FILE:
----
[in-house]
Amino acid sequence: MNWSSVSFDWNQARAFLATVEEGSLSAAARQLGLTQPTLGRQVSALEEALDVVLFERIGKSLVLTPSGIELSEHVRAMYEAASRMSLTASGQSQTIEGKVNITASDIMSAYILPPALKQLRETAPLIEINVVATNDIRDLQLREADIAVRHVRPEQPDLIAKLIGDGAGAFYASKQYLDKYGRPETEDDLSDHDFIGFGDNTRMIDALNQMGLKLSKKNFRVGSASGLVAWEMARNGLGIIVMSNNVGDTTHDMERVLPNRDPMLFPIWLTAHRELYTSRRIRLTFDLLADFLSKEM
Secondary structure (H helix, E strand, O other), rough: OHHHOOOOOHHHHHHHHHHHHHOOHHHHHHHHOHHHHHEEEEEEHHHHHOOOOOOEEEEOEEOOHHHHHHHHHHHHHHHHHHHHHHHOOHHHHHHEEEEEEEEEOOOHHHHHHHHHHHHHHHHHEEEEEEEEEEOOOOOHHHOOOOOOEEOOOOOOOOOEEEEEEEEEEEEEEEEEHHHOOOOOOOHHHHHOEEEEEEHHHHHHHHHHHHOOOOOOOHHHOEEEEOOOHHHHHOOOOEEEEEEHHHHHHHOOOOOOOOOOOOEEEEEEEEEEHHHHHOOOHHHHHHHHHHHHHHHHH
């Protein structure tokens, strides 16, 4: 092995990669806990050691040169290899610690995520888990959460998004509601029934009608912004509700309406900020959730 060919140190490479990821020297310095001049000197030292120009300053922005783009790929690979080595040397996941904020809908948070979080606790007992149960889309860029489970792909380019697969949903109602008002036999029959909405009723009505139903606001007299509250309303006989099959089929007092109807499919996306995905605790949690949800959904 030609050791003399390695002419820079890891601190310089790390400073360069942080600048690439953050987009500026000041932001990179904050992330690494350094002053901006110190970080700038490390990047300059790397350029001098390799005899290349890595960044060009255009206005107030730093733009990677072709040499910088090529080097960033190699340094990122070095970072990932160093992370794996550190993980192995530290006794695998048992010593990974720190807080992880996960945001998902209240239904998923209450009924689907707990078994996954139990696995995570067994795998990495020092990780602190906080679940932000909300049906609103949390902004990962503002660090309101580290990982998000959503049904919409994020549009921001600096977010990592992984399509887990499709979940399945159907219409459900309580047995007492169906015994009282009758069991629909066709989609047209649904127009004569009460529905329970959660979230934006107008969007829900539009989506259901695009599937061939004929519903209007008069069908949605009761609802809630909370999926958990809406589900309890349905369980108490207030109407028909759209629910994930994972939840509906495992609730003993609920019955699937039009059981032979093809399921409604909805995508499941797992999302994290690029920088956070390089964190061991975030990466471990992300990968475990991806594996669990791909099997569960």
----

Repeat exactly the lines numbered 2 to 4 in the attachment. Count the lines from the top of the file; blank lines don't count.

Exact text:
Amino acid sequence: MNWSSVSFDWNQARAFLATVEEGSLSAAARQLGLTQPTLGRQVSALEEALDVVLFERIGKSLVLTPSGIELSEHVRAMYEAASRMSLTASGQSQTIEGKVNITASDIMSAYILPPALKQLRETAPLIEINVVATNDIRDLQLREADIAVRHVRPEQPDLIAKLIGDGAGAFYASKQYLDKYGRPETEDDLSDHDFIGFGDNTRMIDALNQMGLKLSKKNFRVGSASGLVAWEMARNGLGIIVMSNNVGDTTHDMERVLPNRDPMLFPIWLTAHRELYTSRRIRLTFDLLADFLSKEM
Secondary structure (H helix, E strand, O other), rough: OHHHOOOOOHHHHHHHHHHHHHOOHHHHHHHHOHHHHHEEEEEEHHHHHOOOOOOEEEEOEEOOHHHHHHHHHHHHHHHHHHHHHHHOOHHHHHHEEEEEEEEEOOOHHHHHHHHHHHHHHHHHEEEEEEEEEEOOOOOHHHOOOOOOEEOOOOOOOOOEEEEEEEEEEEEEEEEEHHHOOOOOOOHHHHHOEEEEEEHHHHHHHHHHHHOOOOOOOHHHOEEEEOOOHHHHHOOOOEEEEEEHHHHHHHOOOOOOOOOOOOEEEEEEEEEEHHHHHOOOHHHHHHHHHHHHHHHHH
């Protein structure tokens, strides 16, 4: 092995990669806990050691040169290899610690995520888990959460998004509601029934009608912004509700309406900020959730 060919140190490479990821020297310095001049000197030292120009300053922005783009790929690979080595040397996941904020809908948070979080606790007992149960889309860029489970792909380019697969949903109602008002036999029959909405009723009505139903606001007299509250309303006989099959089929007092109807499919996306995905605790949690949800959904 030609050791003399390695002419820079890891601190310089790390400073360069942080600048690439953050987009500026000041932001990179904050992330690494350094002053901006110190970080700038490390990047300059790397350029001098390799005899290349890595960044060009255009206005107030730093733009990677072709040499910088090529080097960033190699340094990122070095970072990932160093992370794996550190993980192995530290006794695998048992010593990974720190807080992880996960945001998902209240239904998923209450009924689907707990078994996954139990696995995570067994795998990495020092990780602190906080679940932000909300049906609103949390902004990962503002660090309101580290990982998000959503049904919409994020549009921001600096977010990592992984399509887990499709979940399945159907219409459900309580047995007492169906015994009282009758069991629909066709989609047209649904127009004569009460529905329970959660979230934006107008969007829900539009989506259901695009599937061939004929519903209007008069069908949605009761609802809630909370999926958990809406589900309890349905369980108490207030109407028909759209629910994930994972939840509906495992609730003993609920019955699937039009059981032979093809399921409604909805995508499941797992999302994290690029920088956070390089964190061991975030990466471990992300990968475990991806594996669990791909099997569960």